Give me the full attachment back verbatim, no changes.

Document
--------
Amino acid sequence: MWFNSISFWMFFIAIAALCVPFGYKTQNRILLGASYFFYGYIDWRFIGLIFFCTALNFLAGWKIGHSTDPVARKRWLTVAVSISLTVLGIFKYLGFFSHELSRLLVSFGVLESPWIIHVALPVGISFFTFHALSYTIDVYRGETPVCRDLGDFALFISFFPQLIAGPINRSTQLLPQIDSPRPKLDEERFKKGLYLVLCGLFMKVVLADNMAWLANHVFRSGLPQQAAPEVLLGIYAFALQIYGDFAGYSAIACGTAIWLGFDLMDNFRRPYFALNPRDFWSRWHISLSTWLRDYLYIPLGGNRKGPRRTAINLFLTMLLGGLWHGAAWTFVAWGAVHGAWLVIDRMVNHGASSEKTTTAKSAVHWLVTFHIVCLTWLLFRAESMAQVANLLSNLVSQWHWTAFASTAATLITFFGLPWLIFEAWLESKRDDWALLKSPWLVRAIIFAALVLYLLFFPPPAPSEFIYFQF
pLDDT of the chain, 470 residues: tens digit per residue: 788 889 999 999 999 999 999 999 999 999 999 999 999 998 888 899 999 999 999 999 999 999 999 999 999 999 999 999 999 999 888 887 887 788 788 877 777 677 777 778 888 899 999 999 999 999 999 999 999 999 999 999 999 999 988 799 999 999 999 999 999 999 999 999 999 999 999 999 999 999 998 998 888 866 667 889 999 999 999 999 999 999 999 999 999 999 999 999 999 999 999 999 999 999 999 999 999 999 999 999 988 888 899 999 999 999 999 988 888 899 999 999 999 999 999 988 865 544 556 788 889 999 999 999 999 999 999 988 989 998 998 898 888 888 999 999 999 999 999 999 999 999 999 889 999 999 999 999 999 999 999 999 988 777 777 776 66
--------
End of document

Amino acid sequence: MWFNSISFWMFFIAIAALCVPFGYKTQNRILLGASYFFYGYIDWRFIGLIFFCTALNFLAGWKIGHSTDPVARKRWLTVAVSISLTVLGIFKYLGFFSHELSRLLVSFGVLESPWIIHVALPVGISFFTFHALSYTIDVYRGETPVCRDLGDFALFISFFPQLIAGPINRSTQLLPQIDSPRPKLDEERFKKGLYLVLCGLFMKVVLADNMAWLANHVFRSGLPQQAAPEVLLGIYAFALQIYGDFAGYSAIACGTAIWLGFDLMDNFRRPYFALNPRDFWSRWHISLSTWLRDYLYIPLGGNRKGPRRTAINLFLTMLLGGLWHGAAWTFVAWGAVHGAWLVIDRMVNHGASSEKTTTAKSAVHWLVTFHIVCLTWLLFRAESMAQVANLLSNLVSQWHWTAFASTAATLITFFGLPWLIFEAWLESKRDDWALLKSPWLVRAIIFAALVLYLLFFPPPAPSEFIYFQF
pLDDT of the chain, 470 residues: tens digit per residue: 788 889 999 999 999 999 999 999 999 999 999 999 999 998 888 899 999 999 999 999 999 999 999 999 999 999 999 999 999 999 888 887 887 788 788 877 777 677 777 778 888 899 999 999 999 999 999 999 999 999 999 999 999 999 988 799 999 999 999 999 999 999 999 999 999 999 999 999 999 999 998 998 888 866 667 889 999 999 999 999 999 999 999 999 999 999 999 999 999 999 999 999 999 999 999 999 999 999 999 999 988 888 899 999 999 999 999 988 888 899 999 999 999 999 999 988 865 544 556 788 889 999 999 999 999 999 999 988 989 998 998 898 888 888 999 999 999 999 999 999 999 999 999 889 999 999 999 999 999 999 999 999 988 777 777 776 66